Technology And Tactics That Helped Malta Win The Great Siege

In it to win it

Coversiege

Malta's Great Siege is enjoying a renaissance of sorts, especially locally, after centuries of being overlooked. But in the 16th Century, at a time when Europe was so proudly Christian, the tale of brave, outnumbered Christian knights emerging victorious against an un-Christian invader was nothing short of electrifying. 

The siege was such an integral part of the European psyche then that the French philosopher Voltaire remarked that "nothing is better known than the siege of Malta". Some aspects of the war however seem to have been victim to the old adage that "history is written by the victor". 

Contemporary historians seem to dispute earlier claims of just how outnumbered the Knights were for instance, and Mdina might have of been subject to 'greater sieges'. The defeat also was relatively undetrimental to the Ottomans -  their empire continued to endure for another three and a half centuries.

The siege's participants and it's outcomes is relatively well known, but some of the tactics detailing exactly how the war was waged are less known. Here are a few of the technology and tactics deployed during that bloody summer in 1565:

1. Biological Warfare

Pexels Photo 198566

Prior to retreating to their defensive positions, the Knights threw dead animals into most of the wells across the island, infecting the water supply. The systemic lack of water was a continuous thorn for the Ottoman Army, who landed here in May and spent the summer laying the siege. 

Grand master de Valette also ordered the harvesting of any planted crops, even if they were still not yet ripe, in an effort to deny the invaders food.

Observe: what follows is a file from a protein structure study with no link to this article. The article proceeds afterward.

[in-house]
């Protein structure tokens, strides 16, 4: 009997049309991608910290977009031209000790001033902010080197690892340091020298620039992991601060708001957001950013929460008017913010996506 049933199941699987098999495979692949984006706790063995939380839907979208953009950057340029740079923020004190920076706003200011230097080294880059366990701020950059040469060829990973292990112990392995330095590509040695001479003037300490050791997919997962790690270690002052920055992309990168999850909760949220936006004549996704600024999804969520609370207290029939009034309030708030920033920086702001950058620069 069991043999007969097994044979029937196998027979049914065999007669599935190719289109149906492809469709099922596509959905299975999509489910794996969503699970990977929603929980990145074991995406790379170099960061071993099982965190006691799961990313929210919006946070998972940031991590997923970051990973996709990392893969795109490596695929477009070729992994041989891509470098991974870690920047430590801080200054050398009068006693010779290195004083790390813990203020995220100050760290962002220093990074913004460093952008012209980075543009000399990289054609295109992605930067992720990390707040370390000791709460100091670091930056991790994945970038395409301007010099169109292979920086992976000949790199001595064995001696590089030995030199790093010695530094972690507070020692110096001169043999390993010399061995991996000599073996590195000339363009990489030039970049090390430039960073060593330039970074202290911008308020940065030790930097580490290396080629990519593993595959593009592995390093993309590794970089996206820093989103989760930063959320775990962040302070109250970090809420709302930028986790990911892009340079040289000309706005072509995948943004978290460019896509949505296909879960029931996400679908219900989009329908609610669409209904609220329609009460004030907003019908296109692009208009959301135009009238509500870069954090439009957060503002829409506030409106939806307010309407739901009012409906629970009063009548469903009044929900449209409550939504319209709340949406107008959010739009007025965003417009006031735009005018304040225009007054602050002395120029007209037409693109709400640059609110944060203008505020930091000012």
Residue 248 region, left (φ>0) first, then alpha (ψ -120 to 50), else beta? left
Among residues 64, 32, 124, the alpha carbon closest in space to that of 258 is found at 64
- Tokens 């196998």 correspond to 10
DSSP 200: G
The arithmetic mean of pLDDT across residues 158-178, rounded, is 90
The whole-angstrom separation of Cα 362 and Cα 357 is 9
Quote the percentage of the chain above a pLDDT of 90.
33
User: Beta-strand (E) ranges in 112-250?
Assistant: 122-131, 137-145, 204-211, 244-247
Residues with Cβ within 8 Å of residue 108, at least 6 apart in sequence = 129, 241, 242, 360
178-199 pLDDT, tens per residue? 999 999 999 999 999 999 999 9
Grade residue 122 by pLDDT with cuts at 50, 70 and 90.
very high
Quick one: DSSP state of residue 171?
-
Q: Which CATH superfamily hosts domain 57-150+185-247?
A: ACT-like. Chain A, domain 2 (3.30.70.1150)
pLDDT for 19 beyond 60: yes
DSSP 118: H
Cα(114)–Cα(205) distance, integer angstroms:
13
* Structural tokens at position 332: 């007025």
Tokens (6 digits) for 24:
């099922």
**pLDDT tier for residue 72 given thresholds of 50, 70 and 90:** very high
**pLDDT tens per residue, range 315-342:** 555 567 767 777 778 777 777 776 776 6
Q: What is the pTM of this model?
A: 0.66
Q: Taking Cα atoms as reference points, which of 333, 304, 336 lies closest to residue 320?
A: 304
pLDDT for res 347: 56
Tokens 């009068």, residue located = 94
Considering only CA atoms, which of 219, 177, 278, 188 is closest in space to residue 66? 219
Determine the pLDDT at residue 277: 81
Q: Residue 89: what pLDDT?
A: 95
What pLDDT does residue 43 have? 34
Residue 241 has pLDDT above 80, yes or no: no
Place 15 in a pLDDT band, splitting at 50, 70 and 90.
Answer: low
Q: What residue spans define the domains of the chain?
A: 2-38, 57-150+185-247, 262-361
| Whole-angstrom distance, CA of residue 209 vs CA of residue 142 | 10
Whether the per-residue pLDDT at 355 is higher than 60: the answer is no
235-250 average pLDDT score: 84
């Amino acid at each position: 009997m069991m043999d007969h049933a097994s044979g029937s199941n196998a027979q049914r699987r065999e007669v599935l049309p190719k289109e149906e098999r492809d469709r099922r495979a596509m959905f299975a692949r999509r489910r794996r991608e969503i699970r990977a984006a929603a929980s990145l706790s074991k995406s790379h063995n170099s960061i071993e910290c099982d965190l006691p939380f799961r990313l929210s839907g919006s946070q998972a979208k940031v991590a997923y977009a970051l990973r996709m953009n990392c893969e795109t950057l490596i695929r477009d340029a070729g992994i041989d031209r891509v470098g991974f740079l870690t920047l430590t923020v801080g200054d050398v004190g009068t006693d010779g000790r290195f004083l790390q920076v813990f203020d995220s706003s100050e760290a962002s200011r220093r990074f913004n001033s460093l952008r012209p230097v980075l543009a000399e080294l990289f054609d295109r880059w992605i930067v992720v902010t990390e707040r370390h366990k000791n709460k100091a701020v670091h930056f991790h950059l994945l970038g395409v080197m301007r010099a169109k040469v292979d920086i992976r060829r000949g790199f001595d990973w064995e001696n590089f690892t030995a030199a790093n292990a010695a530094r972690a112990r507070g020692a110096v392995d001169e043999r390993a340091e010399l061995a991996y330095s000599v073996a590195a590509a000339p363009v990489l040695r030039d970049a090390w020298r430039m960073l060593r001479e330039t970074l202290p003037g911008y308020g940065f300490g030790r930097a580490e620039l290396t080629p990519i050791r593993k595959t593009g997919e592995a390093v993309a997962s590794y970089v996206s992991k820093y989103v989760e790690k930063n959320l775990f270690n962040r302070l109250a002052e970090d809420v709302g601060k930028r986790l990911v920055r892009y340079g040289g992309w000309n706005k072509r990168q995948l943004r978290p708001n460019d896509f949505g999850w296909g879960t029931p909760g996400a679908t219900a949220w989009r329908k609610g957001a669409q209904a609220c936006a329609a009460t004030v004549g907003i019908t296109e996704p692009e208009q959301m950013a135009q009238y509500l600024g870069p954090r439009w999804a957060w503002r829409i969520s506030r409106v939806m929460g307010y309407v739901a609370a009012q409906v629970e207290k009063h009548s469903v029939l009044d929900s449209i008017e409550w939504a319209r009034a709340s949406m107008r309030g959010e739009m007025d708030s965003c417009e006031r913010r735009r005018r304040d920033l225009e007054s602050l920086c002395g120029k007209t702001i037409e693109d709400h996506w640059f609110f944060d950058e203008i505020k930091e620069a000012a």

2. Arquebus

The Arquebus

Arquebuses were some of the earliest manifestations of what subsequently evolved into the musket. Although mostly noisy, unreliable, and largely inaccurate, they supplanted archers for the simple reason that while a lifetime of training was needed to consistently achieve a lethal result with a bow, an arquebus could be learned in a day.

Arquebuses were used by both sides in the siege, although Ottoman shooting tactics were more renowned: they were among the first to develop volley fire for instance.

3. Greek Fire

1200Px Greekfire Madridskylitzes1

One of the Knight's arquebusiers was a knight from Reggio Emilia named Francisco Balbi di Correggio. He kept a journal during the siege, which he subsequently published. Correggio wrote that the Hospitallers had rediscovered the lost secret of Greek fire - a legendary incendiary weapon used by the Byzantines.

While the exact composition of the weapon remains unknown, most academic debate places it as being a combination of sticky pine resin and flammable naphtha or pitch, combined with compounds like phosphide to make it burn hotter.

Correggio was adamant that the Hospitallers had deployed the authentic Byzantine Greek fire, which according to him, they learned from the Byzantines during the the first crusades, however it was common at the time to call any sort of incendiary weapon "Greek Fire". Regardless of what exactly the Knights shot out, being on the receiving end of it probably wasn't pretty.

4. Hospitals

Infermeria

The Sacra Infermeria was built after the siege.

This might seem like an odd one to include on a list like this, but at the time the Hospitalliers were at the cutting edge of medicine. Besides a hospital in Birgu, they also set up a number of field hospitals.Most of the casualties in war aren't killed by the enemy: disease and infection claim a far greater toll. 

5. Psychological Warfare

Popular lore holds that de Valette only resorted to using Ottoman heads as cannonballs after a number of decapitated Knights were set adrift in Grand Harbour crucified. Regardless of who started it, the psychological effects on the men must have of been tremendous.

Tag a friend who uses all of these against people they don't like 

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Written By

Charles Mercieca

Charles Mercieca's interest in something tends to rise dramatically if he can plot it.

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